Meals on Wheels volunteering: 'Where the rubber meets the road'
PRESCOTT - Even for a long-time resident of Prescott like Mayor Marlin Kuykendall, the route that Meals on Wheels volunteer Don Jepsen drove one recent morning came as a bit of a revelation.
Snaking through such varied neighborhoods as Wildwood, Vista del Cerro, Pine Lakes, Forbing Park and the Shady Acres mobile home park, the 29-mile route in northwest Prescott included some remote corners.
"I thought I knew a lot about our community, but I've learned a lot," Kuykendall, a resident of the area for more than four decades, said, as Jepsen negotiated the hills and curves on the route. "You've already had me lost two or three times."
Indeed, the level of remoteness appeared to make the meal that Jepsen was delivering to the shut-ins even more significant.
Time and time again, the elderly recipients of the meals expressed gratitude for the roasted pork and mashed potato lunch that Jepsen brought to their doors.
"They treat us really good," one woman said. "He's a fabulous person," another said of Jepsen's attentive care.
For his part, Jepsen did more than deliver food. He asked each of the meal recipients how they were doing and whether they needed any help.
"We serve as their first line of defense," Jepsen said.
That was especially apparent to Jepsen recently, when he arrived at the home of a 93-year-old woman on his route and found her injured.
"She told me, 'I've fallen; could you call 911?'" Jepsen recalled. "She had been lying there for several hours."
Jepsen's call for help brought emergency crews to the home. "I was grateful I could be there in a time of need," Jepsen said.
While the recipients were mostly elderly, their living conditions contrasted widely. Jepsen's route included 13 stops - veering from spacious, modern homes to mobile homes on cramped lots.
"It cuts across all socio-economic levels," Jepsen said of the people on his route. The common denominator: the need for a helping hand.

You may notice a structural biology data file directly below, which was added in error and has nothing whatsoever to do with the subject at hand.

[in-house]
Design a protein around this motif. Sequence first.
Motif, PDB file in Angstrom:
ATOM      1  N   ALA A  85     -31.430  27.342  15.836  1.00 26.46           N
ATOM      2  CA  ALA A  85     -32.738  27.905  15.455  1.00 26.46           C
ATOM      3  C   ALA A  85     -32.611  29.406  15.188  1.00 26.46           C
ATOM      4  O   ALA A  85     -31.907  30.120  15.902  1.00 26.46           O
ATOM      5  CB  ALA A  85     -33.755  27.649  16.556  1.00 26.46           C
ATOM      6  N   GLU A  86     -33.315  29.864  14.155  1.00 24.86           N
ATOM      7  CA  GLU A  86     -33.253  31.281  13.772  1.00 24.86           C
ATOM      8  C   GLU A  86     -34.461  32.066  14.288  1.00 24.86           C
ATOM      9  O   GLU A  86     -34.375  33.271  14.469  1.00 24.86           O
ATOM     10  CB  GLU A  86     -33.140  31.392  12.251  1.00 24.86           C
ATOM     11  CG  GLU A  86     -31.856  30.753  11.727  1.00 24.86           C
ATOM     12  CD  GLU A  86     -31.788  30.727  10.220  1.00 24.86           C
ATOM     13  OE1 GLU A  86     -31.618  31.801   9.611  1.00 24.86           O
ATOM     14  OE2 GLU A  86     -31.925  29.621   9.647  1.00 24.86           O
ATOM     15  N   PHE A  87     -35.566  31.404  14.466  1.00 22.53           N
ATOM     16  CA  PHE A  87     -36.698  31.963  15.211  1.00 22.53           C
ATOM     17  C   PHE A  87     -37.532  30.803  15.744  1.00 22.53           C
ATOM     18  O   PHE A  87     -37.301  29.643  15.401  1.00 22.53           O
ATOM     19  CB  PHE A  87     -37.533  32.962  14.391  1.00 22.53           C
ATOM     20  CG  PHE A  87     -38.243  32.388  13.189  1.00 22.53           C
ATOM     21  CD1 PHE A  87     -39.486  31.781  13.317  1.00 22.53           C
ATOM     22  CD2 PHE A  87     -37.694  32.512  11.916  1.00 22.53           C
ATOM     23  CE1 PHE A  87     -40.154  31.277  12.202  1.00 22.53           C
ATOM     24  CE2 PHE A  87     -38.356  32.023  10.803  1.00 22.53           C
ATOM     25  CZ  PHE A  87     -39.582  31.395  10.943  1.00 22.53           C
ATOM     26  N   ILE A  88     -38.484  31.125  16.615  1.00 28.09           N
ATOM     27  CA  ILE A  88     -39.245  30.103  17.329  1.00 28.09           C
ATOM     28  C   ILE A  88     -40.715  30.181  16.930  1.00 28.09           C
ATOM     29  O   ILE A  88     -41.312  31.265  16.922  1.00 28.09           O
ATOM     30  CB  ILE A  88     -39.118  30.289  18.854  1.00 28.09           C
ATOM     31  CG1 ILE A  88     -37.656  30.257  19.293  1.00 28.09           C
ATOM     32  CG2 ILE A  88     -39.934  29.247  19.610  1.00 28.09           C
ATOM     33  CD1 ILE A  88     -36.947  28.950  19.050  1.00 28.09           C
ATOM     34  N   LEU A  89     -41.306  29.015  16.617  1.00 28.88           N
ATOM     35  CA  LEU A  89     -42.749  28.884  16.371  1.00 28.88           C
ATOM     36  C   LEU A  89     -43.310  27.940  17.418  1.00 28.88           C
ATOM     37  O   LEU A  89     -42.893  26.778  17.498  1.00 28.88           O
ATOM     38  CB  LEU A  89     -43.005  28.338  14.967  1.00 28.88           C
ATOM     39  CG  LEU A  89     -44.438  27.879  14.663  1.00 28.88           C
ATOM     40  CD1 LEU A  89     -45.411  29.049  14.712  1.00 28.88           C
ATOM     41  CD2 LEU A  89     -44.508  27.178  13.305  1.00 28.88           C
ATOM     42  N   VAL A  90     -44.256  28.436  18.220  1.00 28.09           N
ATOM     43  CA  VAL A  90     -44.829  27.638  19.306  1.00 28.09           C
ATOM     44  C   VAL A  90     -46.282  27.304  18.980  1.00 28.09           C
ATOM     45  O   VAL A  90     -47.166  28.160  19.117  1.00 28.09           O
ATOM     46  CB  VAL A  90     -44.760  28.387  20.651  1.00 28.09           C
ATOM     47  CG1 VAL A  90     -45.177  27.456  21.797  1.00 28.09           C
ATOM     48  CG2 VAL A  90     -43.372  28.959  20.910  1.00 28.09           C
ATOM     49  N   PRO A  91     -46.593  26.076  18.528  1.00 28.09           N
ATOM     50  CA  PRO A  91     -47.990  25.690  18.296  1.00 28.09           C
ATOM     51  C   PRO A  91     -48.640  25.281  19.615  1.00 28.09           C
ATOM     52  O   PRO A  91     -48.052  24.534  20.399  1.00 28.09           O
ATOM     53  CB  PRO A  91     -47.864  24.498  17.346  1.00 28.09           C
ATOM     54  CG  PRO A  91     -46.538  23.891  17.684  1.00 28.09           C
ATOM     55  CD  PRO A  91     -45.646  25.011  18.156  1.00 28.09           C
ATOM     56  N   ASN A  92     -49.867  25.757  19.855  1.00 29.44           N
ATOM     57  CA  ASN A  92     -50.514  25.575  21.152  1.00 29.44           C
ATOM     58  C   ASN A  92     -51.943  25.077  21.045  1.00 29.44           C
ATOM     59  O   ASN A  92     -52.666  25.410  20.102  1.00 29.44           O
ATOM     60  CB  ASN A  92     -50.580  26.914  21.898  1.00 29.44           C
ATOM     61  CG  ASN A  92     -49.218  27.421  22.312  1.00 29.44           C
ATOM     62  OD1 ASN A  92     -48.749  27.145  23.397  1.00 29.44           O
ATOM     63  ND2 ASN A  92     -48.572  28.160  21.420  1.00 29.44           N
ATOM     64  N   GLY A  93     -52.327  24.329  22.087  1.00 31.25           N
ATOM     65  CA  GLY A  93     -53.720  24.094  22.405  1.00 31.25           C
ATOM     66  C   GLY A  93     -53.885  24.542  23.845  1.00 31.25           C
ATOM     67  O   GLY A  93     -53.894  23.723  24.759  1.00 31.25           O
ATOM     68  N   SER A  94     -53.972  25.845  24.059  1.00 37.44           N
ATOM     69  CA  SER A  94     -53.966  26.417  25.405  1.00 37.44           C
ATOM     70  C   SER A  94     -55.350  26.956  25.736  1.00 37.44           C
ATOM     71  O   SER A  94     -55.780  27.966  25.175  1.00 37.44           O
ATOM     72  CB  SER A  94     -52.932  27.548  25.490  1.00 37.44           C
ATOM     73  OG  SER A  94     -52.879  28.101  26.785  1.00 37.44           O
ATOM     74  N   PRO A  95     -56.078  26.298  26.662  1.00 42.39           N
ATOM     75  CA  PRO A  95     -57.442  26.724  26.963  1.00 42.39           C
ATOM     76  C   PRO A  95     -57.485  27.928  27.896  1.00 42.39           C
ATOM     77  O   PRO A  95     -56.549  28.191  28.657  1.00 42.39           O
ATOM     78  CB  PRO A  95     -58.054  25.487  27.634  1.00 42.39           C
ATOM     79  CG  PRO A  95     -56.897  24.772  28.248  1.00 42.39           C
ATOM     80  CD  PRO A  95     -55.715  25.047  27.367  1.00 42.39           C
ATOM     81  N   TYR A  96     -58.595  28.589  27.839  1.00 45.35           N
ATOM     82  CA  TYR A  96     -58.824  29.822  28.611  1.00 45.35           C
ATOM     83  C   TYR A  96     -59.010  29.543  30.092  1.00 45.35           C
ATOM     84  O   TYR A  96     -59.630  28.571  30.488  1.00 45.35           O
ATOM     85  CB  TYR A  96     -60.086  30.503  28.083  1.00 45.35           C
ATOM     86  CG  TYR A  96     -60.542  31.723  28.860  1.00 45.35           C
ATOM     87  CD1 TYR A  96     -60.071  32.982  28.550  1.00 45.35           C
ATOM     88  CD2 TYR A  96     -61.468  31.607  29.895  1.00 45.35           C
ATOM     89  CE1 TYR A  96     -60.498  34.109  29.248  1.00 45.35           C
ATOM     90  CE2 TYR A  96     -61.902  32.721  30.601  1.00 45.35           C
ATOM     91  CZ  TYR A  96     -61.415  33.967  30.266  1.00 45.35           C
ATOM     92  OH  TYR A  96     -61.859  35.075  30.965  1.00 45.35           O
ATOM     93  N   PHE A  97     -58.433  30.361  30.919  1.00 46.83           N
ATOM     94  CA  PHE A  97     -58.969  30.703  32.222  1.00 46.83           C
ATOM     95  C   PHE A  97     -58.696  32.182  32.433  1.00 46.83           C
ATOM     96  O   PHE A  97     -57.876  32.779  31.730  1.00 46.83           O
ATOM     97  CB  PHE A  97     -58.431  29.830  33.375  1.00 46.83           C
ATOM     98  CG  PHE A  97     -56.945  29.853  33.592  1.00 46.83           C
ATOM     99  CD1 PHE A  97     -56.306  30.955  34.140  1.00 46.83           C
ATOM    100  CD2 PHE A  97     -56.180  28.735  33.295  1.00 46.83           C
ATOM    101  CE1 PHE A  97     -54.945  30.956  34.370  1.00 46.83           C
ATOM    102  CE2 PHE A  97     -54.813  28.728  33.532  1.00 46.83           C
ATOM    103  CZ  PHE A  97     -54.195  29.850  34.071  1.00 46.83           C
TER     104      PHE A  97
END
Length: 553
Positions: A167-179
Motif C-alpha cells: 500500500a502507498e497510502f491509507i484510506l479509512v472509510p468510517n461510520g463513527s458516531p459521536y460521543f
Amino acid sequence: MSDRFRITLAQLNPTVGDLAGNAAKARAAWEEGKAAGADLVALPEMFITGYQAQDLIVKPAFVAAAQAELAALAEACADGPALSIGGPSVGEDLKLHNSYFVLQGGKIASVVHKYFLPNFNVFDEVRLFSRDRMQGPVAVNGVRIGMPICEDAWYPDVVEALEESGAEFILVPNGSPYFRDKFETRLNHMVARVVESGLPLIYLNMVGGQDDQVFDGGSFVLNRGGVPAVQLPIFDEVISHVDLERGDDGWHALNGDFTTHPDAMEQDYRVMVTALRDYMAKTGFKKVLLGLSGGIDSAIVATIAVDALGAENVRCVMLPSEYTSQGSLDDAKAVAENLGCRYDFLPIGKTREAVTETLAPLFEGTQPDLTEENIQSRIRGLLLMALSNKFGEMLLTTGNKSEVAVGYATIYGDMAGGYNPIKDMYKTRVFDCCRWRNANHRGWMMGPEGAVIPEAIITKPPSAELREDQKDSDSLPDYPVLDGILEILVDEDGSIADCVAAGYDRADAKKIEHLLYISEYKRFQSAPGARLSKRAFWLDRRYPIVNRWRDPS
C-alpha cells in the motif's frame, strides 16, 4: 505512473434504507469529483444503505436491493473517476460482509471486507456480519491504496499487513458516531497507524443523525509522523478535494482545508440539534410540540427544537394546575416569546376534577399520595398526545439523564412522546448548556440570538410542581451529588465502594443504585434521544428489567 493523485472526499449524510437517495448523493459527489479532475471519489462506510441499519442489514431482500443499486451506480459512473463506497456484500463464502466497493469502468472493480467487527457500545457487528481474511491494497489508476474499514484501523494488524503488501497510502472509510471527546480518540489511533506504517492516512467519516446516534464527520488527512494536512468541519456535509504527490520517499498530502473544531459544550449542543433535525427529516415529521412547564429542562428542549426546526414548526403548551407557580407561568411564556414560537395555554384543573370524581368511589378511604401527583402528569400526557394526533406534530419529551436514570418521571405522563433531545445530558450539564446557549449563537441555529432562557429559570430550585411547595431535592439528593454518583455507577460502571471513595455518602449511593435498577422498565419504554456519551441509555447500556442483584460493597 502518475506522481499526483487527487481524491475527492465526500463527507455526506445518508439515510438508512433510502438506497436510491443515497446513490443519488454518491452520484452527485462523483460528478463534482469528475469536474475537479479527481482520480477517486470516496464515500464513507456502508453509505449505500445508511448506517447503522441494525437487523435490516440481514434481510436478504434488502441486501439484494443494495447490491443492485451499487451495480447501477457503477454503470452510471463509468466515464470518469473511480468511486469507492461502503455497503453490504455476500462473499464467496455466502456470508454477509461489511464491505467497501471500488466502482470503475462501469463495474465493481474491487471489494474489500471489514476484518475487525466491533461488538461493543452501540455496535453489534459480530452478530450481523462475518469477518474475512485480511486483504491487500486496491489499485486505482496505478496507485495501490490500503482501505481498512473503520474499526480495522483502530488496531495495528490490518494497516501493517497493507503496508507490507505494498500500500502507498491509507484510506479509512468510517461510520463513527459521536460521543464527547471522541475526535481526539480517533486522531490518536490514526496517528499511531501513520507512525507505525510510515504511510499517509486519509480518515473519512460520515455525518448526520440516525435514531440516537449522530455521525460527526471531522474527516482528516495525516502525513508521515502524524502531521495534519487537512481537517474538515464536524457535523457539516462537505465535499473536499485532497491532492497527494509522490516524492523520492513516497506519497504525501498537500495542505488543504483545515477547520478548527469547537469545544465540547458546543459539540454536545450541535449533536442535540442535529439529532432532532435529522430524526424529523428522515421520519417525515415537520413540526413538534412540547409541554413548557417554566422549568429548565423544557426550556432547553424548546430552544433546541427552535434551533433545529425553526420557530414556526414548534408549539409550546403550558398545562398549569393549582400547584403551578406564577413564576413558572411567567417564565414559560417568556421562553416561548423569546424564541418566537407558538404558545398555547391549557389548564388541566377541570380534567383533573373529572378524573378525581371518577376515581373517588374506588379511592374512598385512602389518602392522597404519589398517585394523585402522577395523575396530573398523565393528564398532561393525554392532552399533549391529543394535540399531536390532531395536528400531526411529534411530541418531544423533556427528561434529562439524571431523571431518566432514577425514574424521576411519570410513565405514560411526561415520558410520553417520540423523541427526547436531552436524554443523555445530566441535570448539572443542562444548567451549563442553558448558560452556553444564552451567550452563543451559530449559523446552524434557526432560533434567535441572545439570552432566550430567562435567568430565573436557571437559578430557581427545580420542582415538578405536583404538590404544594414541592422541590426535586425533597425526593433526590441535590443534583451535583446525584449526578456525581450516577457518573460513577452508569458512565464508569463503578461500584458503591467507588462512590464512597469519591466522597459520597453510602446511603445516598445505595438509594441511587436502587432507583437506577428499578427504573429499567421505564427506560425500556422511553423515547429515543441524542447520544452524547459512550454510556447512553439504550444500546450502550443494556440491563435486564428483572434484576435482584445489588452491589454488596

For instance, two of the recipients were undergoing chemotherapy and were unable to venture out, while others could get around only with the help of walkers or wheelchairs.
Meals on Wheels Director Pam Hanno said the recipients of the home meals must be "over 60 and either homebound or disabled." The Northern Arizona Council of Governments (NACOG), which provides about $9,000 per month to the local Meals on Wheels, screens the applicants to determine whether they qualify for the home meals.
In addition to the money from NACOG, Meals on Wheels also gets revenue for its operations from donations - many through the state's tax credit program. The $5 that some recipients pay for their meals also generates revenue.
Kuykendall rode along this past week as part of an effort by Meals on Wheels to get the word out about "senior hunger in America." Councilwoman Tammy Linn also rode along on a route this week.
"You really see what's going on (by riding on the routes)," Kuykendall said. "This has always been one of the premium organizations in the community."
Jepsen, who has volunteered with Meals on Wheels for about three years, has a special fondness for the time he spends delivering meals.
"This is my favorite (volunteer effort)," said Jepsen, who also helps with a number of others. "It's where the rubber meets the road."
Noting that several of the people along the route had backgrounds that included helping others, Jepsen called his volunteer work "paying it forward."
Josephine Heyl, one of the people along the route, agreed, pointing out that she had once volunteered as a senior companion. "It's the law of reciprocity," she said.
Hanno said Meals on Wheels delivers about 165 meals a day, spread out over 10 routes. In addition, the program offers meals, which are open to the public for a $5 or $6 donation at its home base at the Rowle P. Simmons Community Center at 1280 E. Rosser St. In all, the daily meals total about 275.
Jepsen is one of about 70 people who volunteer to deliver the home meals.